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Brampton Weapons lawyer

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Our Experience

In 2018, the Firm represented an individual accused of importing firearms into Canada, careless storage of ammunition, and possession of prohibited weapons in R. v. L.K. 2018]. The accused, a Toronto Fire Captain, was charged after a search warrant was executed on his house, and over $100,000 worth of guns were discovered. The file was transferred to the Guns and Gangs department of the Crown’s office for prosecution. The Crown alleged that the accused had been importing 80% gun kits into Canada. The Firm challenged the search warrant as well as the manner in which the search warrant was executed. Under Canadian law, both a warrant and the manner in which the warrant is executed must both be reasonable. The Firm argued that the manner in which the search was carried out was not reasonable under the circumstances, successfully excluding much of the Crown’s evidence. The Firm ultimately secured a withdrawal of the charges and protected the accused’s job.

In 2019, the Firm represented an individual charged with various weapons offences related to improper storage of firearms in R. v. R.L. [2019]. The accused was charged after he contacted police when his home was broken into and burglarized. The thieves had initially broken in to steal some of the 50 firearms on the property, but instead made off with other valuable personal property. When police arrived on scene to investigate the burglary, they observed numerous long rifles on the walls above the fireplace and in other areas of the home, as well as a rifle laid out on one of the beds. Further complicating matters was the fact that the accused was a government official with a high security clearance. The Firm ran a contested plea hearing, securing the very rare outcome of a conditional discharge. The accused was able to return to his position within the government without any affect.

Frequently Asked Questions

In Canada, weapons offences including firearm offences are taken very seriously. Canada has strict laws on the kinds of weapons citizens are allowed to have, where weapons can be possessed, and by whom. Those charged with possessing illegal weapons, or with using a weapon in the commission of an offence will face harsh penalties upon conviction, including lengthy prison sentences. If you have been charged with a weapons offence it is important to consult with legal counsel right away to protect your rights. Donich Law has over a decade of experience representing individuals charged with various weapons offences and regularly achieves positive results for our clients.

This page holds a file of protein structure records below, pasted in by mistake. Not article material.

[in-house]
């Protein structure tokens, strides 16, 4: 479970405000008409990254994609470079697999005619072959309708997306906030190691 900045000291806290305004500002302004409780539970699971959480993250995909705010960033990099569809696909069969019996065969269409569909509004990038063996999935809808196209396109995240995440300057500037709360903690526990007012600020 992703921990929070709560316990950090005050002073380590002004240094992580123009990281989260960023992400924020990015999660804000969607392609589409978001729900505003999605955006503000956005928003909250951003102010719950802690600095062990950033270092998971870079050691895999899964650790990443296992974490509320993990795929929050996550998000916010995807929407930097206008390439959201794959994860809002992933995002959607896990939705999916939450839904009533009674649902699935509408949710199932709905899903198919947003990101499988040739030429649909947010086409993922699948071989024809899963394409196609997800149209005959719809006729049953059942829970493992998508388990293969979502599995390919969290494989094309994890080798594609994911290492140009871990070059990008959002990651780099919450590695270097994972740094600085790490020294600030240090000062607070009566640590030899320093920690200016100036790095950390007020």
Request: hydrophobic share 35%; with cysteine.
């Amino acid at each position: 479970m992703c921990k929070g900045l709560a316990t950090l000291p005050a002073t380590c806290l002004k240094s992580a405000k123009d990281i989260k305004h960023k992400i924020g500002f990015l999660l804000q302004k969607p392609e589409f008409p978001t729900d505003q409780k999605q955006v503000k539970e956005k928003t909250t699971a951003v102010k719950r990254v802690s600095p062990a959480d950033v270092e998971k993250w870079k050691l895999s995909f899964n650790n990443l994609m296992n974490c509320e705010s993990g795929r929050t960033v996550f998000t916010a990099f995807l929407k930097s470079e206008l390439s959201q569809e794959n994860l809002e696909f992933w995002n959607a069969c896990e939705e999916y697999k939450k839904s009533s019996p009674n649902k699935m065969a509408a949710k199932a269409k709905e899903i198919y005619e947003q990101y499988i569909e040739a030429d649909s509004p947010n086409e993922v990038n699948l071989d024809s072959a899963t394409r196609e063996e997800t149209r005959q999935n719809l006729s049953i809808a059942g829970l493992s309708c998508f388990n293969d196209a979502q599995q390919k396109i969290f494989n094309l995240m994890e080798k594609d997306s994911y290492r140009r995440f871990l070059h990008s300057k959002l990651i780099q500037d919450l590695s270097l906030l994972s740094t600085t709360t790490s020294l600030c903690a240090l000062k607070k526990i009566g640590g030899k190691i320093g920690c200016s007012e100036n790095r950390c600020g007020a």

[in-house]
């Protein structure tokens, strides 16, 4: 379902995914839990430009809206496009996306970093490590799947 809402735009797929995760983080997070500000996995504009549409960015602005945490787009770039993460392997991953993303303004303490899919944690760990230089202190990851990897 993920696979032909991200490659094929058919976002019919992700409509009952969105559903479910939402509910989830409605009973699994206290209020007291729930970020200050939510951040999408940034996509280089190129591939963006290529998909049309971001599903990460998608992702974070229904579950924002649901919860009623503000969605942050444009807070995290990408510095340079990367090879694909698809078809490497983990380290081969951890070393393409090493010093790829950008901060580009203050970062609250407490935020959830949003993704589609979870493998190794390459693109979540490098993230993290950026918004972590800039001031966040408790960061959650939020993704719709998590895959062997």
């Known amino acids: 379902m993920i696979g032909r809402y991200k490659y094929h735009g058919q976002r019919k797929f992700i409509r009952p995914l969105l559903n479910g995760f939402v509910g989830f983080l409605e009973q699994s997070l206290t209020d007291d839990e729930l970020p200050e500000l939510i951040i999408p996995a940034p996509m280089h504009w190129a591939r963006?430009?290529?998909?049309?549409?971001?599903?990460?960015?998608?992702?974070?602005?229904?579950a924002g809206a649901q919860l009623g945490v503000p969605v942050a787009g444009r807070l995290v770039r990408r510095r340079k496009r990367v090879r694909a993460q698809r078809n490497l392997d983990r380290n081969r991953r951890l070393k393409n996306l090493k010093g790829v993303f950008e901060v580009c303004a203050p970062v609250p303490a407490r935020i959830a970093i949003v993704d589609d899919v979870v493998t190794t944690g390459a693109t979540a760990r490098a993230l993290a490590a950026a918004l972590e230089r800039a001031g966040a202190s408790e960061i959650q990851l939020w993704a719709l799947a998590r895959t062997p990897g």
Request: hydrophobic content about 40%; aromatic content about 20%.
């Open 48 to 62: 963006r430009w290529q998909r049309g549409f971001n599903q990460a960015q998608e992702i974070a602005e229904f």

What are “Use” Offences in Brampton?

There are different types of offences related to firearms outlined in the Criminal Code. Essentially, a “use” offence is any criminal offence where a firearm is used. Sometimes having the firearm is itself the offence. Different offences may result in different penalties, and the Court may deem some factors particularly aggravating. For example, the use of a firearm in the commission of an offence, enumerated under section 85, is a straight indictable offence, liable to a maximum penalty of 14 years in prison. The criminal offences committed with a firearm can be specifically named in the Code. Kidnapping, robbery, aggravated sexual assault, and sexual assault with a firearm are all considered misusing a firearm. Section 87 enumerates pointing a firearm at another person as an offence.

The “use” of a firearm is defined in case law and has been found to include: striking a person with a firearm, pointing the firearm at a person, holding a firearm to intimidate, or brandishing the firearm. This means that the firearm does not have to be discharged to be “used.” However, if the accused only holds a weapon, makes a threatening reference to it, or has a close accessibility to a firearm with an intent to use it, they are not defined as “using” a firearm. They may, however, be guilty of another weapons offence.

How Criminal Charges can be Resolved in Canada

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The Peel Regional Police reported that in 2021, they seized a total of 380 firearms in Brampton and surrounding areas. In 2022, the number rose to 493, a result of a 29.7% increase. As weapons, firearms are created with the intent to kill or wound and has less legitimate purposes for their use or possession. Firearms offences are taken very seriously in Canada, often resulting in penalties in the higher single-digit lower double-digit range. They are often closely linked with organized crime, drugs, and violence in Brampton and throughout Ontario.